Every state in the country, including Arizona, has laws in place to help meet the economic needs of children whose parents have separated. These child support laws were established to ensure that families are cared for, but these laws only work if they are followed. Unfortunately, when a parent neglects to pay child support, it is the children who suffer. Despite the stringent penalties for failing to pay child support, modern-day America has seen a rise in this upsetting trend.
When parents decide to split up or end a marriage, they are still obligated to support and provide for their children who have not yet reached the age of majority. In Arizona, child support laws were established to ensure that the economic needs of children are met. Most often, the noncustodial parent is required to make child support payments each month to the custodial parent. Failure to pay or abide by these laws can mean harsh punishment that includes months of jail time.
All parents have an obligation to support their children financially. These days, it often takes two incomes to make ends meet and provide necessities for the family. When parents separate, going from two incomes to one could lead to children suffering and lacking basic needs. Luckily, the state of Arizona has child support laws that require the noncustodial parent to give economic support to their children. All parents, even celebrities, must obey laws or face harsh punishment.
Parents can decide to split for a number of reasons. However, a shared and primary concern for all parents is the safety and well-being of their children. Since mothers are most often granted primary custody, fathers are required to pay child support to meet the economic needs of the children. In Arizona, the penalties for neglecting child support are strict and could mean jail time. The following tips could prove helpful to fathers paying child support.
For parents in Arizona and across the nation, the needs of children are a primary concern. When parents separate, a shock is often felt as two incomes are suddenly reduced to one. To offset this loss, child support laws were established in all states. Unfortunately, sometimes the noncustodial parent cannot make child support payments, which can eventually result in jail time. Instead of throwing offenders in jail, one state uses a program to help those behind on payments.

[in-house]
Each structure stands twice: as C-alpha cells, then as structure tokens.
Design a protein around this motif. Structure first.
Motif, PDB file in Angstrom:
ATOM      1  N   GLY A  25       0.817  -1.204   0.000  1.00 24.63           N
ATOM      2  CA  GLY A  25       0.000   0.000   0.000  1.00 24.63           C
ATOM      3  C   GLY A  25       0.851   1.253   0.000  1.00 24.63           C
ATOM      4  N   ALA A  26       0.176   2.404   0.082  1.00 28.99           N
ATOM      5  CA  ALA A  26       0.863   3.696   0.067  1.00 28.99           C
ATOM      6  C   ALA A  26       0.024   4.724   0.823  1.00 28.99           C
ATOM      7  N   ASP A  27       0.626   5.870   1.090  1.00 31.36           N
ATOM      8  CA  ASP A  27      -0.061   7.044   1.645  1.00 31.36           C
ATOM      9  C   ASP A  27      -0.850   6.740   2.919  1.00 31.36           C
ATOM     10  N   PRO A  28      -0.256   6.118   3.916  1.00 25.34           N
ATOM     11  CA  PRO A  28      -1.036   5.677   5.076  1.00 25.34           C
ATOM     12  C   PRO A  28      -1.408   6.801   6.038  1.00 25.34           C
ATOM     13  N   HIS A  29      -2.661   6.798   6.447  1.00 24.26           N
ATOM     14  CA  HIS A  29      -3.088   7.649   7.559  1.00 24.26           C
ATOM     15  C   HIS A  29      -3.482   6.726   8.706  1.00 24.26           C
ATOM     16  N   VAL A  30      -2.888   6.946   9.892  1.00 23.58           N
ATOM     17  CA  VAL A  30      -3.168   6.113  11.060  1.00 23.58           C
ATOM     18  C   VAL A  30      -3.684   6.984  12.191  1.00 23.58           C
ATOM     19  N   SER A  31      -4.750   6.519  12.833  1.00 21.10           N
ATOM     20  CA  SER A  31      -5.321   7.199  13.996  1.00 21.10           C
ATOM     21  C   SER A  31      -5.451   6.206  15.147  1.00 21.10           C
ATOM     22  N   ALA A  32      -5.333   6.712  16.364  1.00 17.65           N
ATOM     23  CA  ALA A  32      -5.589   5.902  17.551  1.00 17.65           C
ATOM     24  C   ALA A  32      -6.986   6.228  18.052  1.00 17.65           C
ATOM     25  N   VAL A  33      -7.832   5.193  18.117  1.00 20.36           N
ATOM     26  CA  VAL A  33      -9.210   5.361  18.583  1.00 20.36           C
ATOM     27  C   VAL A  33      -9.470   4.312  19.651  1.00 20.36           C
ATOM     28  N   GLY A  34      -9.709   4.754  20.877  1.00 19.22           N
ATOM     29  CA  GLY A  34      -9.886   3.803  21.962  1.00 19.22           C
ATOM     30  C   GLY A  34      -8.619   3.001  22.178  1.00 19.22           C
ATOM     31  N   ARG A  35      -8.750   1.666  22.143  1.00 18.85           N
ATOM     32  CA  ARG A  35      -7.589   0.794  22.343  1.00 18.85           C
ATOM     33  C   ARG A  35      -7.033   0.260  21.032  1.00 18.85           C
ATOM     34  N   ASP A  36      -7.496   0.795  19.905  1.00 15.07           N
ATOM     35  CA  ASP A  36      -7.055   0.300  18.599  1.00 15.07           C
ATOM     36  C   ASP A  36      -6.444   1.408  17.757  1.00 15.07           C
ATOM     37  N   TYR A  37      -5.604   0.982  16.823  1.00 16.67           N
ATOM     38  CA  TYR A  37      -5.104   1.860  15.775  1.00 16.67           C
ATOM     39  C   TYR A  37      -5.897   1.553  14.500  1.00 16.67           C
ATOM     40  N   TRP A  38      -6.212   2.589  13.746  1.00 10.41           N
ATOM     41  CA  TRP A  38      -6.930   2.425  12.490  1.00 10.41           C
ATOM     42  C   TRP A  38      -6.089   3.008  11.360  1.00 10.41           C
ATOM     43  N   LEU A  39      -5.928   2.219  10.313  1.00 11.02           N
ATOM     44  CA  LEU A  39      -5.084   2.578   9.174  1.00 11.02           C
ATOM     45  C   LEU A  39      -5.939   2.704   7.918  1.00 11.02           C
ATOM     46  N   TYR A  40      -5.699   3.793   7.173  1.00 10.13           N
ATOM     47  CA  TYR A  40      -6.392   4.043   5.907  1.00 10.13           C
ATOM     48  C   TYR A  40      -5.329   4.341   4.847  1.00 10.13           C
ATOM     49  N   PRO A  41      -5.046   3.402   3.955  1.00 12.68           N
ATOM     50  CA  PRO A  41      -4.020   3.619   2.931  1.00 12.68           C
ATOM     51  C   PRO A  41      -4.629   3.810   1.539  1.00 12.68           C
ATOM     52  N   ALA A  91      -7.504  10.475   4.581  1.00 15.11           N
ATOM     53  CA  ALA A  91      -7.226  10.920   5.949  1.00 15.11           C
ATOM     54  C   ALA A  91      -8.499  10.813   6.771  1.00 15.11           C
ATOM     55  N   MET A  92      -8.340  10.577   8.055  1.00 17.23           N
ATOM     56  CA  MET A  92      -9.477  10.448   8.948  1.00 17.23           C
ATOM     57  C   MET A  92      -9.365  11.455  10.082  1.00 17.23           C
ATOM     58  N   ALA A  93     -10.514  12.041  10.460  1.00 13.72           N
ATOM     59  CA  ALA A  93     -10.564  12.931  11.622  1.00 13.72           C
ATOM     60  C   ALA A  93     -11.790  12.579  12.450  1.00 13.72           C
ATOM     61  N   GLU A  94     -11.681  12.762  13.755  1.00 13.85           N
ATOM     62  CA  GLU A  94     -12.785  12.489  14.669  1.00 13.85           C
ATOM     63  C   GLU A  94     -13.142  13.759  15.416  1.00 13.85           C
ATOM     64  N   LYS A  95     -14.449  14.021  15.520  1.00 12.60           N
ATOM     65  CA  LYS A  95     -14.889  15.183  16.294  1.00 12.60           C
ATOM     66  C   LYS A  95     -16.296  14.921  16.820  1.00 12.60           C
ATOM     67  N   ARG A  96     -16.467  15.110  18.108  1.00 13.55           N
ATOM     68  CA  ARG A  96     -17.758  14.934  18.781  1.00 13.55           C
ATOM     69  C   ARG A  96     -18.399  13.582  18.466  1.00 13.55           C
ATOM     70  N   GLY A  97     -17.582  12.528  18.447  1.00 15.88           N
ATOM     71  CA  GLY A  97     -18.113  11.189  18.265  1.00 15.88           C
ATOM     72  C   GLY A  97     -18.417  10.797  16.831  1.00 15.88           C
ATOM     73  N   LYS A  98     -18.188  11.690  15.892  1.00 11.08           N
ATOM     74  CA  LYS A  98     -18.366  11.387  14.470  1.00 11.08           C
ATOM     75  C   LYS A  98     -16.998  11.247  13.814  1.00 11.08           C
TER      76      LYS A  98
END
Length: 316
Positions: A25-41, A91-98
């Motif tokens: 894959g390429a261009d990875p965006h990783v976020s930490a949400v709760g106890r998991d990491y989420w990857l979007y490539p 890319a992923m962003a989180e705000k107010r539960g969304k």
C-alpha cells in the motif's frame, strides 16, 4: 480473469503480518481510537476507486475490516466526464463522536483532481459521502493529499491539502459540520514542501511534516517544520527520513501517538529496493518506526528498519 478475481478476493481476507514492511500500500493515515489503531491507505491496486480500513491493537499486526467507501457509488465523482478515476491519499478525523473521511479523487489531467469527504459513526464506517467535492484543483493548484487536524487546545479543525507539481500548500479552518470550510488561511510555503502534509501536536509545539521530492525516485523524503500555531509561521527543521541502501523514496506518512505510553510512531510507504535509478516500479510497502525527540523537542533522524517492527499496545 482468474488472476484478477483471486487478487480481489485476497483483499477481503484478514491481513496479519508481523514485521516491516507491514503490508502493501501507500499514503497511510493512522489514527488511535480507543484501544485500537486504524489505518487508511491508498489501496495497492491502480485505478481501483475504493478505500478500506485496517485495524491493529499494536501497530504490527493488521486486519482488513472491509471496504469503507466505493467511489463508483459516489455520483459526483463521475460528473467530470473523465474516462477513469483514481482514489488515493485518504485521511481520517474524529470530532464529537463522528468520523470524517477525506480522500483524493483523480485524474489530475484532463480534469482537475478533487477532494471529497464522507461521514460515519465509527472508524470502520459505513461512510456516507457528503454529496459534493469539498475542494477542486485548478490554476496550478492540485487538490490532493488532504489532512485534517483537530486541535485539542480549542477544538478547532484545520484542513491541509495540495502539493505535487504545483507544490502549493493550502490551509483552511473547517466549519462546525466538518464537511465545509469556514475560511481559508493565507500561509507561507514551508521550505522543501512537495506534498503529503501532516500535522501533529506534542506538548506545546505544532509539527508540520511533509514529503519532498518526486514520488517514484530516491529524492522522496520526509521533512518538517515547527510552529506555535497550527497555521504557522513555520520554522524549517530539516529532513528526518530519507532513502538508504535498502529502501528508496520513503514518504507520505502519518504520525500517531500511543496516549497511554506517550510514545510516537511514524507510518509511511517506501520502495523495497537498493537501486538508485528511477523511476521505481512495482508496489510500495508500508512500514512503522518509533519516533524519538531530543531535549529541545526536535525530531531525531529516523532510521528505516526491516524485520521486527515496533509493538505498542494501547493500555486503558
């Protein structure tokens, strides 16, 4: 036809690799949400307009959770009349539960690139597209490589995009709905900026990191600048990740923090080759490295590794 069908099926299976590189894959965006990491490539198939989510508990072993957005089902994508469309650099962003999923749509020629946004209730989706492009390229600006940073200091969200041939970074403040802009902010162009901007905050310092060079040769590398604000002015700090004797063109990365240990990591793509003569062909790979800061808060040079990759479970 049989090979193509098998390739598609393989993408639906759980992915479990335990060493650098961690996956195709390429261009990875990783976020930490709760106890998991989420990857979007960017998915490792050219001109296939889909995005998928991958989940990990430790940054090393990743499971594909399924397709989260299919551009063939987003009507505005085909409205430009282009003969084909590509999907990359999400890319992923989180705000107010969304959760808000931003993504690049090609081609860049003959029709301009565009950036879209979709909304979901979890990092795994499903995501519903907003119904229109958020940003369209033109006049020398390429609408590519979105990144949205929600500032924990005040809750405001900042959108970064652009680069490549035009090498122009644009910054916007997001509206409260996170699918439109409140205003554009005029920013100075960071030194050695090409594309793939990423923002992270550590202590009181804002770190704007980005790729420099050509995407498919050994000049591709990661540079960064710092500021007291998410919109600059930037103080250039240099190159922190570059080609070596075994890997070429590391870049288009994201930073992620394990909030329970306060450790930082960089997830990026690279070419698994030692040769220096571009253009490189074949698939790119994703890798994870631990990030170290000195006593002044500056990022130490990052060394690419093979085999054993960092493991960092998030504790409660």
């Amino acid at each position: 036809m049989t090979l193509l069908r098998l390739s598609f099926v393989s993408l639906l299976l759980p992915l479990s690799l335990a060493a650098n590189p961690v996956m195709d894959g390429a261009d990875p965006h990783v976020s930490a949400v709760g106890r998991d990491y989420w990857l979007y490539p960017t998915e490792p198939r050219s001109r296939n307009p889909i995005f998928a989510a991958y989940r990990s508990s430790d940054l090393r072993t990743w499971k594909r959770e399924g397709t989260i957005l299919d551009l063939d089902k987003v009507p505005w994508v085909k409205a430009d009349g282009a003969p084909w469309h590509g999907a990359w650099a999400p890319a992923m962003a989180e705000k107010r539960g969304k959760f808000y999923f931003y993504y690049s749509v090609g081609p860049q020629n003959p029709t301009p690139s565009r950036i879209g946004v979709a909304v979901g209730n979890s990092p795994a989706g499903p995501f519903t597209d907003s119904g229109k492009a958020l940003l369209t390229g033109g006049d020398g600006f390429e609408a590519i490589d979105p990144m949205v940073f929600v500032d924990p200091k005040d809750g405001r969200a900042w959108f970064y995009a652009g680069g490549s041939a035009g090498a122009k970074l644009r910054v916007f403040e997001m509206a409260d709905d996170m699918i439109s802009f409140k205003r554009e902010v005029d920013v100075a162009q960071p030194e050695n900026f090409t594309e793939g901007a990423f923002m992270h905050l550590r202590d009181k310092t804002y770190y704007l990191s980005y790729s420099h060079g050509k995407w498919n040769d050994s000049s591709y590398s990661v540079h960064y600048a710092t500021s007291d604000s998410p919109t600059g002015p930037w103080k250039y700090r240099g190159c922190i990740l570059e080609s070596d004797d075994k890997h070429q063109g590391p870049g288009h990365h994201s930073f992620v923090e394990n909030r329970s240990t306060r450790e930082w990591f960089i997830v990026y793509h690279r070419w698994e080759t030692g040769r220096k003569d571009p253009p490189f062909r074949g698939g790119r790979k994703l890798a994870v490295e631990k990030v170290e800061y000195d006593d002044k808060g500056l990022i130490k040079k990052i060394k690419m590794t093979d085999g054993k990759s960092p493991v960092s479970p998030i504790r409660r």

These days, it often takes the income of both parents to make sure the needs of the family are met. However, when parents separate, the household income can plummet and that can ultimately lead to the children going without basic necessities such as clothing or health care. Fortunately, Arizona has established a system of child support to ensure that the economic needs of children are met when parents split. Noncustodial parents who neglect child support payments can face hefty penalties such as driver's license suspension and even jail time. Most states offer some leniency when certain circumstances prevent parents from making child support payments.
Fortunately, governments in every state across the country have established systems of support for children whose parents have separated. Child support is money paid from the non-custodial parent to the custodial parent in order to meet the financial needs of their children. Although Arizona parents who have separated may no longer be obligated to each other, they remain obligated to support the needs of their children. Child support is court-ordered, and strict penalties exist for those who choose to neglect child support payments. These penalties can include wage garnishment, suspension of driver's license and even extensive jail time.
A divorce or split means that a family potentially goes from two incomes down to one. Child support payments are court-ordered payments that are made periodically by the noncustodial parent to the custodial parent to support the needs of the children such as education, health care, food, clothing and shelter. Child support systems were established in Arizona and across the country to ensure that children do not suffer the economic impact that often comes with the end of a relationship. However, since the U.S. economy has grown exponentially in the last 20 years, many states are in need of updates to the way child support payments are calculated.
In Arizona and across the country, a system of support has been established for children whose parents have split. Child support laws require the noncustodial parent to provide financial support for the benefit of children. These funds are primarily to be used to pay for necessities such as shelter, food, clothing and health care. However, it is not uncommon for the noncustodial parent to neglect these payments. Nonpayment of child support not only has a negative impact on children, but it can also mean very strict penalties for those refuse to pay child support.
An interesting trend is taking shape in Arizona and across the country. In recent years, there has been a dramatic increase in the number of women paying child support. Traditionally, men earned higher incomes and were noncustodial parents, so they were required to pay child support to mothers. Child support laws were put in place in every state to make sure that children get the financial support they need. More women are being ordered make these payments, since women today occupy higher paying positions and make more money than they used to.